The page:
There is another untold fact about the industry that shows it's ugly side. The middle men of the production houses are the culprits. They get us casted in the movie and take their cuts from what is bound to be paid to us. The bit and cuts that go in their pockets surely pinches me. Also, often veterans like us have to keep follwoing up with the production team for clearing our dues. I personally find it very shallow and I have also faced makers who never cleared my dues.

This is the scenario of senior actors like us in Punjabi industry and the true picture of the monetary rewards here.

Have you been getting offers from Bollwyood? What made you say yes to doing a oneliner role in Dangal?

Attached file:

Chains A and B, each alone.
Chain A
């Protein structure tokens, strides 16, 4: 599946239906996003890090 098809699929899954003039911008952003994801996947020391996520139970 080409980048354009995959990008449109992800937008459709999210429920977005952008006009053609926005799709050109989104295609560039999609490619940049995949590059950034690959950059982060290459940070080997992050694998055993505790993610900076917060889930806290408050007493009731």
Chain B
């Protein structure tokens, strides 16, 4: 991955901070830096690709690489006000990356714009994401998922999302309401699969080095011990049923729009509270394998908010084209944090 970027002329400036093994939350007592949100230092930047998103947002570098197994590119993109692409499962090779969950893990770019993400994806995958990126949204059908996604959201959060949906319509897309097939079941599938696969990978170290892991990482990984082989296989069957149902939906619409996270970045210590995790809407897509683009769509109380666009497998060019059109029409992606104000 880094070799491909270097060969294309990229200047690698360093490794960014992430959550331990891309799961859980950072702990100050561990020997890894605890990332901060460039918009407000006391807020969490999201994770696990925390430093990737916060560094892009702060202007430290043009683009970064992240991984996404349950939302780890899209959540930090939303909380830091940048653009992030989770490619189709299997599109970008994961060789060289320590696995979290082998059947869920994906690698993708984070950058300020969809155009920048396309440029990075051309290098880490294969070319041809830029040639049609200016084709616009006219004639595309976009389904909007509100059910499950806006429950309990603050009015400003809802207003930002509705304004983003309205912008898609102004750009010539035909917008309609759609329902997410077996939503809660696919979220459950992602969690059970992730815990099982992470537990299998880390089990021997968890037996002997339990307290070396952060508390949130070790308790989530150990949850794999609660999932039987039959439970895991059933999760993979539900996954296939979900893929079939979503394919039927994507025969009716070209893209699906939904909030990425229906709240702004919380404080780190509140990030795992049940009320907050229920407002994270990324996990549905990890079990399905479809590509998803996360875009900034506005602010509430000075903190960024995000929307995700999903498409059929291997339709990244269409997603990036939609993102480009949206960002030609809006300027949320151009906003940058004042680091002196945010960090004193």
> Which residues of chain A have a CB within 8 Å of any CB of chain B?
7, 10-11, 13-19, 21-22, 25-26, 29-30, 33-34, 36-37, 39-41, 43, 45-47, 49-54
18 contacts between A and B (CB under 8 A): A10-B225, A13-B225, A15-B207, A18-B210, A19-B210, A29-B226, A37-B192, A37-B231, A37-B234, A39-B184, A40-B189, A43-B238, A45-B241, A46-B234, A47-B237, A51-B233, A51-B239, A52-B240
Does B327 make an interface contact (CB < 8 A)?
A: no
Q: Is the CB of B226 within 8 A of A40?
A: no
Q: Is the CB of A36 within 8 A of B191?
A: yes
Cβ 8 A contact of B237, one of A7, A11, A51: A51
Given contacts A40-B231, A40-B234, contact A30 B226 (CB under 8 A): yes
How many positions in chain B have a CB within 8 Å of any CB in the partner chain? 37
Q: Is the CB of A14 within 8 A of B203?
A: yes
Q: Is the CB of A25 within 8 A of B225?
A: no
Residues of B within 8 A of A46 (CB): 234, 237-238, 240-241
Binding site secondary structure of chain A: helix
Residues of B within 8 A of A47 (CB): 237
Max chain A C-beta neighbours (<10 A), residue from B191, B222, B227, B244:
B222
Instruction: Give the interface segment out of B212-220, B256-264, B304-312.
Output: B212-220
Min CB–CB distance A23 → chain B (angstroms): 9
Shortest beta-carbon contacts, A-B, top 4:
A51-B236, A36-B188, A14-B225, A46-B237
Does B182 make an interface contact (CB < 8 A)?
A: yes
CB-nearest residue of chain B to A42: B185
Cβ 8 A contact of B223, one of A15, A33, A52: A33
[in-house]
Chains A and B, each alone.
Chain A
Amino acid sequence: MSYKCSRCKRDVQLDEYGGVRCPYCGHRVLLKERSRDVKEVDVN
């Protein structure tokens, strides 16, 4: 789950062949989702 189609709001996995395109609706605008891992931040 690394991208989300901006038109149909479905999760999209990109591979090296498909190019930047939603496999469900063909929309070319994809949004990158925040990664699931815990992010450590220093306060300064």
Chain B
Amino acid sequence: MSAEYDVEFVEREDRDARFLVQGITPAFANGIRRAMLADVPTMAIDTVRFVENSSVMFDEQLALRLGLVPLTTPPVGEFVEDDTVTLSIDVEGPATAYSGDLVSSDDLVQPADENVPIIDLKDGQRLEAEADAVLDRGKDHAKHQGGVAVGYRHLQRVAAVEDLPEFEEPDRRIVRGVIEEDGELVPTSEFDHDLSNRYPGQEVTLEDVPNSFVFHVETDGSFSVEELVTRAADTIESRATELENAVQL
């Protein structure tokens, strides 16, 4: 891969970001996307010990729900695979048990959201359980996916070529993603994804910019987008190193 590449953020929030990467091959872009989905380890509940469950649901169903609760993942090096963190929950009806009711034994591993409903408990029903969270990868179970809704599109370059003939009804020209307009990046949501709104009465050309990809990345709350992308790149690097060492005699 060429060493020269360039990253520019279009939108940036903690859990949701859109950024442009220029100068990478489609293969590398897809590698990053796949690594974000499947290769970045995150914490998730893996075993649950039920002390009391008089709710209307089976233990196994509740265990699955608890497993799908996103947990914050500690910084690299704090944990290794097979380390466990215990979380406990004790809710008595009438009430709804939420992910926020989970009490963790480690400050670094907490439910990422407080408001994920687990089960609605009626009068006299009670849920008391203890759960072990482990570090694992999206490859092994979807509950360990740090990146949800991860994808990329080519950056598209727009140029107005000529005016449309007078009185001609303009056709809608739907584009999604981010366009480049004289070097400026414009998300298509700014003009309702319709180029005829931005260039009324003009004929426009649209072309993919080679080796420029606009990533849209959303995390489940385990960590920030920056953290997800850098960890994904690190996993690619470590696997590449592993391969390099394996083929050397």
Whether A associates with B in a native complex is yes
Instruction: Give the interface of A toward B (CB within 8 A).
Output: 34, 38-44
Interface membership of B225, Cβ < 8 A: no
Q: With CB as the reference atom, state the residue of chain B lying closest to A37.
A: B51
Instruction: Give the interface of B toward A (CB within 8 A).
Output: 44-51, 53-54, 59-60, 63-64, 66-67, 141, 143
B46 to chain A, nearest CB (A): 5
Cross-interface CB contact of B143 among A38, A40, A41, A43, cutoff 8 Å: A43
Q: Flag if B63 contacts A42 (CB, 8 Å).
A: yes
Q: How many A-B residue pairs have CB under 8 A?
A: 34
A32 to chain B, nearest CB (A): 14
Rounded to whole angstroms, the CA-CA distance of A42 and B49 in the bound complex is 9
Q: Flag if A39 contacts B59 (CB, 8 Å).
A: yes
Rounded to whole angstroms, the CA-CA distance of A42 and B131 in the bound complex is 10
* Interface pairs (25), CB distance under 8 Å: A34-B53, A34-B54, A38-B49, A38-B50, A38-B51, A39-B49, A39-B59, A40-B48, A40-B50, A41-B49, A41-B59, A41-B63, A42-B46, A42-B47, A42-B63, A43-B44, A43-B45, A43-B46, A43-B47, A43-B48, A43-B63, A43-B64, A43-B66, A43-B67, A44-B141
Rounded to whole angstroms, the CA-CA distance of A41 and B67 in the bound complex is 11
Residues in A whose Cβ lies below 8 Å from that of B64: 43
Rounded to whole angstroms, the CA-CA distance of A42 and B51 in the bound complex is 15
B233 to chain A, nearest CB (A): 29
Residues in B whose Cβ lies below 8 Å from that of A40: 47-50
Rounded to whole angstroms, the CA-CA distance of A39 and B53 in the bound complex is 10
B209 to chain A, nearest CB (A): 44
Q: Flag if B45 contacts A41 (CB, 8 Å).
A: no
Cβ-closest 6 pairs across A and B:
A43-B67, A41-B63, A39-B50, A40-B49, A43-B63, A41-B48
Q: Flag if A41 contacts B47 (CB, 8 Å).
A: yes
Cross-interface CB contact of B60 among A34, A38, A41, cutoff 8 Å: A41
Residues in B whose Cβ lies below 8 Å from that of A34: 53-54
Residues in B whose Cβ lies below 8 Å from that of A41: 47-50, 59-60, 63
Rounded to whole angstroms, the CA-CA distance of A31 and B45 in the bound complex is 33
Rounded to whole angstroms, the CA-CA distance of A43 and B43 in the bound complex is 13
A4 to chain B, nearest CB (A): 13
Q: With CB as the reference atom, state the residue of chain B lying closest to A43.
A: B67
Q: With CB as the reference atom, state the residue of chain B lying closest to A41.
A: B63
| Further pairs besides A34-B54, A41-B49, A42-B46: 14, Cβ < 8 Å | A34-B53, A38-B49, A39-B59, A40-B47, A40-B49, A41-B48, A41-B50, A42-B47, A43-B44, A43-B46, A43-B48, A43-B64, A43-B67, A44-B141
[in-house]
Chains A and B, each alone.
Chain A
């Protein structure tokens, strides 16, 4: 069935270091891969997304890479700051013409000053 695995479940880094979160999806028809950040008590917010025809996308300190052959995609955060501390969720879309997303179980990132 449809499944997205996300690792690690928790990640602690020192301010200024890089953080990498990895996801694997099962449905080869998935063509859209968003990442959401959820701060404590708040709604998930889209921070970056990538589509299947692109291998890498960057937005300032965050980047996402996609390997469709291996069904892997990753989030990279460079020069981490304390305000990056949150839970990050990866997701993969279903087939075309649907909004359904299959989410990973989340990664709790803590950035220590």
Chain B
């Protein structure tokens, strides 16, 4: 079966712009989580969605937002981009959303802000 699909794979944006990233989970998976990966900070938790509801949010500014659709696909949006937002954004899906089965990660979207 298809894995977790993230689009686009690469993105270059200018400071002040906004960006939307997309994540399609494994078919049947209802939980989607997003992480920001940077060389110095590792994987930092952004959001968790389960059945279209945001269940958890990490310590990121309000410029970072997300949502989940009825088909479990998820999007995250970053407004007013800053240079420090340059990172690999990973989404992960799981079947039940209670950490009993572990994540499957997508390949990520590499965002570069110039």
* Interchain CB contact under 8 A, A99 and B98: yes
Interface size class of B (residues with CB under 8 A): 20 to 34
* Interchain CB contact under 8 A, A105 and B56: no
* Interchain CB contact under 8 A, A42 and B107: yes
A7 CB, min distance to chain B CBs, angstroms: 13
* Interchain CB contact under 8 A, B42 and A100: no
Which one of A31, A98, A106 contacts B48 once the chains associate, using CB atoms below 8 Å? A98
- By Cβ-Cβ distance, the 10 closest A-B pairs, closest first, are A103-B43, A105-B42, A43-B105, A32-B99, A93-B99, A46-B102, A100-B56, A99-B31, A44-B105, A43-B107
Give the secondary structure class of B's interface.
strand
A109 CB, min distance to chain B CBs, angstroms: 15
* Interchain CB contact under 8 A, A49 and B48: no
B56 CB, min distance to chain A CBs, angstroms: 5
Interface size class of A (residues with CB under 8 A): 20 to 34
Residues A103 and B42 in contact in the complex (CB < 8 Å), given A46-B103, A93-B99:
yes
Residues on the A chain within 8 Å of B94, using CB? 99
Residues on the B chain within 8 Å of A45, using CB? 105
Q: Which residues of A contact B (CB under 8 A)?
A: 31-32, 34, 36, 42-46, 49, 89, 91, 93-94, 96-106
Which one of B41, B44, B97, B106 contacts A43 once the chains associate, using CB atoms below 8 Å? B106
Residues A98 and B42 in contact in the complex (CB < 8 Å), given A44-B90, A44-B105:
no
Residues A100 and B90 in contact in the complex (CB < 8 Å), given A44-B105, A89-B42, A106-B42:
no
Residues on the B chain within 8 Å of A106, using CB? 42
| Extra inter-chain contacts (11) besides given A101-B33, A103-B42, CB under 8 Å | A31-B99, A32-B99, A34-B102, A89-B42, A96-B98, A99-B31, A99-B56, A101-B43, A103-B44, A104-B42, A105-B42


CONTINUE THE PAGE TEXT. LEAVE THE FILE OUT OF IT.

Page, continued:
Yes, I have been offered roles in Bollywood. Thanks to Punjabi movies which are getting screens in Mumbai, our work is being seen by the makers in Bollywood. The roles I have been getting are great but due to my age, I have to say no to those projects. I have tight schedules in Punjab and hardly get time for myself in here, that's why I don’t sign Bollywood movies. I am not greedy for money, I am pretty satisfied with what I have and would love to do the little work that my body allows me to do.

My role in Dangal was supposed to have more dialogues and screen time but probably it got cut short on the editing table.

How does it feel to be so busy?

It feels great to be busy with what you love doing. I am blessed that even at this age, I am working with full fervour. 

Nirmal Rishi is surely defying the age barrier and we truly love watching her on screen. Her stark revelations in the interview made us feel sad about the state of these veterans in the Punjabi industry and we hope that the scenario changes for good.